What’s with these early mornings when you’re on vacation? We had a 6:30 breakfast this morning and then we were all shuttled to shore at Santa Cruz Island (population 20,000) via Zodiac. As I mentioned yesterday, we were reentering civilization today for a tour of the Charles Darwin Research station, which is home to the giant tortoise breeding program. Giant tortoises nearly became extinct due to over-harvesting for food by pirates and other mariners who visited the islands in the eighteen and nineteen hundreds. Now, though, thanks to the breeding program, their numbers have risen dramatically and scientists know much more about the reptiles than when they first began their program. For instance, each island has its own species of giant tortoise and those tortoises have adapted to the conditions on each specific island. The shape of their shell is an indicator of where they came from. You may have heard of Lonesome George, who is the last and only known living tortoise from Pinta Island. The researchers are trying to get him to mate with other females (from different islands), but it took him 12 years to finally befriend one of them (he’s somewhere between 90 and 120 years old), so progress is slow. Nobody knows exactly how old giant tortoises can live to be, but estimates exceed 200 years old! Here he is:
Our guide gave us a tour of the research station, starting with the baby tortoises in their nursery and moving on to the older ones who, for some reason or another, can’t be reintroduced into the wild. Some of them are GIGANTIC. Like over three or four hundred pounds. I couldn’t get over them and snapped photo after photo. They’re so slow and sedated, it’s fascinating to watch them.
After the research station, C and I walked through the town Puerto Ayora, which is the largest town on the island. Both sides of the street are flanked with souvenir shops and cafes and typical tourist haunts. C and I picked up a fresh coconut each and slurped down the sweet water while wandering downtown. Everybody met at a restaurant called The Rock and there we boarded buses that would take us into the highlands. Our first stop was at El Trapiche where we learned how they processed sugar cane into just about everything. They press the cane into sugar cane juice, fermented it into strong (and barely consumable) alcohol, boiled it down into molasses, and evaporate it into sugar cubes. It was really interesting. We also saw how they processed coffee beans by smashing the pods, fanning away the husks, and roasting the beans over an open fire.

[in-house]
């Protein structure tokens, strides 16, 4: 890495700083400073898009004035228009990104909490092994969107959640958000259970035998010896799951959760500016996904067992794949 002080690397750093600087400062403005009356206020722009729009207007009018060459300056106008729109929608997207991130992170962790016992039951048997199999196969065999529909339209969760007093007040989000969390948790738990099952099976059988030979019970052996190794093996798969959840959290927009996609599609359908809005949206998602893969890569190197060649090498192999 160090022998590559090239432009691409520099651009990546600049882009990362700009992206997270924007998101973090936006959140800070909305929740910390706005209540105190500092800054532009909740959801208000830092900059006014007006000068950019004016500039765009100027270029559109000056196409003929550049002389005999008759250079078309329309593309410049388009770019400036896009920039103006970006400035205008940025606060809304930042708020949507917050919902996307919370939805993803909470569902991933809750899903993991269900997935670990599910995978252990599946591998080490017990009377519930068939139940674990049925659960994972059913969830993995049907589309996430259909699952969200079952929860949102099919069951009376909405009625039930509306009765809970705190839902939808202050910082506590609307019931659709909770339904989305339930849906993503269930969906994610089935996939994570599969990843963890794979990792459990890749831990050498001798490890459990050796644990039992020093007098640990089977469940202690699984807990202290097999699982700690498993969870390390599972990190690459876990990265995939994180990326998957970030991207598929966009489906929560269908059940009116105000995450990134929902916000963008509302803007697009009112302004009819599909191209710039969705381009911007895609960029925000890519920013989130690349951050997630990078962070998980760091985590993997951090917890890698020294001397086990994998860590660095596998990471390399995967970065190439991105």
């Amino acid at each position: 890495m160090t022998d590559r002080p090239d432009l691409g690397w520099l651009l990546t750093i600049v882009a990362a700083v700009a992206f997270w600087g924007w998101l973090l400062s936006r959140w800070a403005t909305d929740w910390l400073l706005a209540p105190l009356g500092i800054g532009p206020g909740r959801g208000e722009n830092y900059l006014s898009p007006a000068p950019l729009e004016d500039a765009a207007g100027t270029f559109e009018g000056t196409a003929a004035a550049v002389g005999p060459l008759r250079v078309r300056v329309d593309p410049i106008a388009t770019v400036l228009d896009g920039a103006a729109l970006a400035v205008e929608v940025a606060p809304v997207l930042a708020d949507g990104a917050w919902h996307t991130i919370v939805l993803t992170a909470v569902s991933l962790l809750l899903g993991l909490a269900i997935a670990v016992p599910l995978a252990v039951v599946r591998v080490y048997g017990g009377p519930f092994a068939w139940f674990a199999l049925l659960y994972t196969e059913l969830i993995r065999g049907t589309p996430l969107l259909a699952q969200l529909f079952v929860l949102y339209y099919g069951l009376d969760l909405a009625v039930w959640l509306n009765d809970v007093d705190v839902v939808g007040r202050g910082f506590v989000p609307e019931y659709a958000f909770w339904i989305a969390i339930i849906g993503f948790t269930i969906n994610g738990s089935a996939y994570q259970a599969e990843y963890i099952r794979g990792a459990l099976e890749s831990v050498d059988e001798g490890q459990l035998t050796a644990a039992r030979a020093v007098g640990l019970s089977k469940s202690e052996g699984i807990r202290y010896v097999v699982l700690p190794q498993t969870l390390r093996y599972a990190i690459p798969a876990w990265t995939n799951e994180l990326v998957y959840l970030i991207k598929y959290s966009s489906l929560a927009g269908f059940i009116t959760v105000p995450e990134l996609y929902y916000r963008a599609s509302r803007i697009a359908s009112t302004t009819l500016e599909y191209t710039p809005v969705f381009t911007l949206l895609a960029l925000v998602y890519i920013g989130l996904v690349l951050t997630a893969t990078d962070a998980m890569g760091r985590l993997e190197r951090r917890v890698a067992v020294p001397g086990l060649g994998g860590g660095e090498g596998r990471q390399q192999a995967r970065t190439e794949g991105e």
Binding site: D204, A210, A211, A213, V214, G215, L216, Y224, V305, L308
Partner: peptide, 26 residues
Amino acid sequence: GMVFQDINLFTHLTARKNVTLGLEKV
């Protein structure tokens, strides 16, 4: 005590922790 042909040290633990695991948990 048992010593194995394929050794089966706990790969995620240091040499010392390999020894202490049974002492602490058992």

Once we had our fill of sugar can juice and coffee, we boarded the buses again and continued up the road to our next destination: lunch. The place we were eating at was tucked away on a dirt road without much of a sign directing you there. I’m not sure who eats there when we’re not in town, but it was beautiful. It kind of struck me as belonging in a rural setting somewhere in Tuscany. There was a pool and gardens, a volleyball net and several tiers of open-aired dining rooms. The food was ok, not great, but I’ve been spoiled on board anyways.
After lunch we got back on the buses and headed even further into the highlands. We were in search of giant tortoises in the wild. At our disembarkation spot, we divided up into smaller groups, each with a naturalist, and set out to see what we could find. We walked for about 2 hours and I think we came across 4 or 5 in total. All were massive and happily munching on green grass. I liked how our guide said that we should take tips from them if we want to live longer: eat vegetarian and exercise a lot. It doesn’t look like tortoises exercise much, but carrying that heavy shell around day and night is quite demanding, I’m sure.
After our walk, we returned to Puerto Ayora with the option of staying in town to do more shopping, or returning to the boat for a nap. C and I chose the boat. I can’t believe tomorrow is our last full day in the Galapagos! It feels like it’s flown by, but we have seen some awesome stuff and been some incredible places. I'm sure tomorrow will bring more of the same!